If you practice the piece ahead of time, it's not sight reading, its just reading. If your scores improve because of that, you're just deluding yourself.

Last edited by trooplewis; 01/26/22 10:54 PM.

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hi everyone - new here - and contemplating piano marvel, but i have read there are technical issues between apple and PM, that don't allow my particular keyboard to get feedback. i have been in touch with pm - and they tell me that they are having a microphone version to work with acoustic pianos coming this summer.

i guess my question is this - will PM force you to go through basics, ie, before you get advanced to next levels? i don't know where i fall on the scale, as i have had lessons scattered throughout 60 years, can play some nice things and read notes well enough. i could use the time to review all the material i suppose until i get to the point where i need it using my acoustic - and then jump in when they have this new version available. is this possible?


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Originally Posted by krumpetina
hi everyone - new here - and contemplating piano marvel, but i have read there are technical issues between apple and PM, that don't allow my particular keyboard to get feedback. i have been in touch with pm - and they tell me that they are having a microphone version to work with acoustic pianos coming this summer.

i guess my question is this - will PM force you to go through basics, ie, before you get advanced to next levels? i don't know where i fall on the scale, as i have had lessons scattered throughout 60 years, can play some nice things and read notes well enough. i could use the time to review all the material i suppose until i get to the point where i need it using my acoustic - and then jump in when they have this new version available. is this possible?

Hi krumpetina

There are no restrictions that I am aware of on the order that you do the exercises. You can start anywhere that you like on both Method and Technique.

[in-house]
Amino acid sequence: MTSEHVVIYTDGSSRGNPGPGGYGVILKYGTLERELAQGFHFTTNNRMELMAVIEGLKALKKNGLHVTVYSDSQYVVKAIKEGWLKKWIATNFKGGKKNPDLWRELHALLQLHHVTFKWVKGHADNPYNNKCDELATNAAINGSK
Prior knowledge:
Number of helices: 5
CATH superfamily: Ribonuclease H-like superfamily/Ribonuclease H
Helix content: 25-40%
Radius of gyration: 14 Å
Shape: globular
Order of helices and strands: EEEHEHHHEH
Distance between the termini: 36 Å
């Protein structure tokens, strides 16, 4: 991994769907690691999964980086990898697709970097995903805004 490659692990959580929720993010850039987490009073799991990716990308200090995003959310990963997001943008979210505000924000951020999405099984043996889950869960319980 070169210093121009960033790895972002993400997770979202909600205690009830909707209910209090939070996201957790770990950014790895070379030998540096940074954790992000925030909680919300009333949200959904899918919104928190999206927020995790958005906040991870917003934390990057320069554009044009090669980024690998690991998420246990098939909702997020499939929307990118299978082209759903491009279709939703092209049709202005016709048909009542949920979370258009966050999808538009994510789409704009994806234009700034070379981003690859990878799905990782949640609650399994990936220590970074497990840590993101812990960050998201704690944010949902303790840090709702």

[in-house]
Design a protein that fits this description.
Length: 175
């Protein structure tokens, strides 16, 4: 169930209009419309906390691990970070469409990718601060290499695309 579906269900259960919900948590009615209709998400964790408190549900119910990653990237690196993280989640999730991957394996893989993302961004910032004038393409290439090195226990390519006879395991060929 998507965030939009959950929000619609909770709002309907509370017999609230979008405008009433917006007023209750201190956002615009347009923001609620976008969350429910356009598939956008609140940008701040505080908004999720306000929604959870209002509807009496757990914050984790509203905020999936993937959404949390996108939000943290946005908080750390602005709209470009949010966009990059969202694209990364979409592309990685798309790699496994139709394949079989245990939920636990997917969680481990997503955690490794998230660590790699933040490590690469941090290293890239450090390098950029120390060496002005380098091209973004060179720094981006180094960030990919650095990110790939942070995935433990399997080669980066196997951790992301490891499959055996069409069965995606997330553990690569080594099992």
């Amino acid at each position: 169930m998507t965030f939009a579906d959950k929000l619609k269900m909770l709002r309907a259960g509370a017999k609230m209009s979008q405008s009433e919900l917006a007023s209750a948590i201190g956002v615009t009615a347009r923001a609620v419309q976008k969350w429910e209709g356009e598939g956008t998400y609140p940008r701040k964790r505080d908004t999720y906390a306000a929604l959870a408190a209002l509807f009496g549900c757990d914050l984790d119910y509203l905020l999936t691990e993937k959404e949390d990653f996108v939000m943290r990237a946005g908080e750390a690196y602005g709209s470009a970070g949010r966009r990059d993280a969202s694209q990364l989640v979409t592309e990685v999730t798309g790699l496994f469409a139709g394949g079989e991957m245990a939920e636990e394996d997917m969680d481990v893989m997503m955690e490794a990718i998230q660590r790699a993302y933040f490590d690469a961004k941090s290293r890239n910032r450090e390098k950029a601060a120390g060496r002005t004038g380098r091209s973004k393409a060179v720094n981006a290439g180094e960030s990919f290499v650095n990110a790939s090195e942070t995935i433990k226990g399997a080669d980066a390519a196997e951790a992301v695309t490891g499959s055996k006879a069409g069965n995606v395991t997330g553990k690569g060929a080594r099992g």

I'd be interested to know which keyboard you have. I assume that it’s digital. I only ask because my digital keyboard is about 25 years old and connected via the midi port to my iPad it works seamlessly with Piano Marvel.


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its a yamaha p45 - i have been in touch with PM and they have told me they are waiting on an apple update - this is what they replied to me

"Yes, you can connect them using a printer cable (USB A to B) and an Apple-branded lightning camera adapter. Please make sure that it is Apple-branded, as off-brand ones frequently do not work as Apple is starting to really crack down on unsupported accessories. What version of iPadOS 15 do you have? If you do not have 15.4, I would not recommend updating to it, as there is a known issue with Apple not supporting MIDI on that version and they are working on a fix for it. " - so my ipad updated to 15.4.1 - but they haven't been able to answer whether this is the fix PM was waiting for.

they also said " subsequently - want to make you aware of a new feature that is slated to roll out in a few months.

It's an enhancement that will allow the Piano Marvel software to work with acoustic pianos without the need for any wires or connections. It should be able to assess up to six notes played simultaneously at any given time. This enhancement is currently scheduled to become available this summer.


so, since i am not new to the piano - my biggest pitfalls are precise timing/rythm and quickness - i would like to spend some time in the easier portions without ordering the ipad connections - i have a wonderful acoustic piano. i use the digital so i can be quietly making mistakes as i learn.


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I would try to avoid any acoustic piano solution unless there's absolutely no other choice. It's a very difficult thing to do reliably and will never be anywhere near as accurate as MIDI.

One thing you might try is WIDI (wireless MIDI over Bluetooth). Apple devices (iPhones, iPads and Macs) have support for that built-in, so all you should need is an adapter like this one to convert the USB MIDI on your keyboard to wireless MIDI: https://www.amazon.com/CME-WIDI-Uhost-instruments-Controllers/dp/B09GS326QW

I have the same adapter, except I have the one that connects via old-style 5-pin MIDI ports instead of USB. It works fine with Piano Marvel on an iPad with iPadOS 15.4.1 (however it's not the setup I normally use).

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Originally Posted by kanefsky
I would try to avoid any acoustic piano solution unless there's absolutely no other choice. It's a very difficult thing to do reliably and will never be anywhere near as accurate as MIDI.
I share your skepticism but I would really love to be dead wrong. If they can pull this off it should open the door to guitar and other instruments.

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idk - i have an online teacher that used piano adventures - the mic worked great on that - but i hated the app - it didn't give a pause before beginning while learning - only while recording.